Humanising the Digital Revolution

Humanising the Digital Revolution

The advantages of the digital revolution come at a price.

Although we can establish the facts of where people are, what they are saying, reading, buying and doing, this vast accumulation of data lacks one vital element of the human experience.

What’s missing is same level of precision in understanding and measuring human emotions.

This is crucial for any profession that wants to understand, communicate with or influence human beings.

Why good enough, isn't

We know all this. But the modern mindset resists the possibility of counting or measuring emotions in an actionable way. Current techniques are crude and haven’t progressed in decades.

There are various catch-all sentiment measures for example. It is telling that the most predictive emotional metric is still simply ‘liking’ of an ad or brand.

Unpack the word ‘like’ for a moment. It might include many different emotions, all the way from feelings of empathy, pleasure and joy to a more rational or physical evaluation. What do people mean when they say they ‘like’ something? We rely too often on focus group moderator’s interpretation of emotional responses or crude technological tools such as eye tracking or arousal measurement.

The time is right for a new more precise emotional metric.

Emotions aren't currently well understood.
Understanding emotions

We feel more than 'positive' or 'negative'

Over the last 10 years, we’ve been identifying and classifying individual emotions and the emotional territories they exist in.

We’ve found an emotional spectrum which includes primary (intense gut reactions) at the core, secondary (heartfelt) and tertiary (using your head). The further you move from the primary core, the more nuanced emotions you have – around 600 across our entire range. They all work together to create the human emotional experience.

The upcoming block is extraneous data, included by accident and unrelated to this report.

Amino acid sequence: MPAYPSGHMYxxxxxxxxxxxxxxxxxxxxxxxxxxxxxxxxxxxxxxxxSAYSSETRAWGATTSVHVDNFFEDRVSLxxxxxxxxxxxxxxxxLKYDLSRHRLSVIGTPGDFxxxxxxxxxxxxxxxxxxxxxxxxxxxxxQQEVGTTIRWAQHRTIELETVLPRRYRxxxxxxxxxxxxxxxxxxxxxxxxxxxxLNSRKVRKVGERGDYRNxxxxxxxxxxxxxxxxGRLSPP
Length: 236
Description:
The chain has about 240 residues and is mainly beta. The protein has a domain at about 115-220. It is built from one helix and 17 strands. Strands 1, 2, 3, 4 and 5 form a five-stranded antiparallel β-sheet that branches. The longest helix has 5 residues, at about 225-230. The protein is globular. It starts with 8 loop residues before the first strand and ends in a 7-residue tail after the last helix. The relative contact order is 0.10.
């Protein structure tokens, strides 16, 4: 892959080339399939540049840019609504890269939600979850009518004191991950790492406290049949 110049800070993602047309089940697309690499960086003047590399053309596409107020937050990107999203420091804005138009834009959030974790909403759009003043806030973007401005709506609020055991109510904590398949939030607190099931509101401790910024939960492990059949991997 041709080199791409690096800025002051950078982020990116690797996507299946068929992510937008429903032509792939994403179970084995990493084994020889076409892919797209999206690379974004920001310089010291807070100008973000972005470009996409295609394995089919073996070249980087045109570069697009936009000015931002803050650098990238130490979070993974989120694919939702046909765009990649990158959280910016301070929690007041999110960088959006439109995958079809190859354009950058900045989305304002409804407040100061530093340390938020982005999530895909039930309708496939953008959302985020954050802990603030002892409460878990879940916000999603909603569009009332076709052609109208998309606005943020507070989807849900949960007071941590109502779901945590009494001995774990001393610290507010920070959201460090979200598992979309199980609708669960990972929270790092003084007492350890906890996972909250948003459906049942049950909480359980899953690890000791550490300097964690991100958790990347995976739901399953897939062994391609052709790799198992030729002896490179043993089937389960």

Take the much talked about Trust. It sits within the repulsion-attraction dimension, between adoration and acceptance. It’s surrounded by feelings such as:  welcomed, belonging, and secure. And it’s bi-pole, disgust is surrounded by feelings such as worry, rejection and suspicion. Knowing the landscape of trust gives you a far better understanding of what happens when customers and providers interact, and how this makes them feel.

When you know what you’re looking for, where to look and how to really understand what you find, you’ll be in a unique position to create more meaningful results.

Emotional Analytics
Emotional analytics

We can audit any dataset to code emotional reactions to different brands, adverts, events or services. In this way we can compare a brand or service with its competitive set to derive emotional positioning. We can also diagnose where brand or service is underperforming against expectations and recommend remedial courses of action.

Emotions Tracking
Emotions Tracking

We can take social media data, quantitative research, PR coverage or other data sets and measure them over time looking for impacts of communications campaigns or events.I am text block.

Emotional Innovation
Emotional Innovation

Our emotional analyses can form inspiring briefs for new product development programs or for creative agencies using inspiring but precise emotional language.

Benefits

Market researchers in large organisations can have a fresh and compelling way to interpret data and add value to their internal customers.

Marcomms teams can create more effective marketing through better briefing and by developing original strategies.

Customer relationship teams can understand and react to their customers faster and with greater sensitivity and empathy.

PR professionals can monitor and react to events with more depth, so managing reputations more effectively.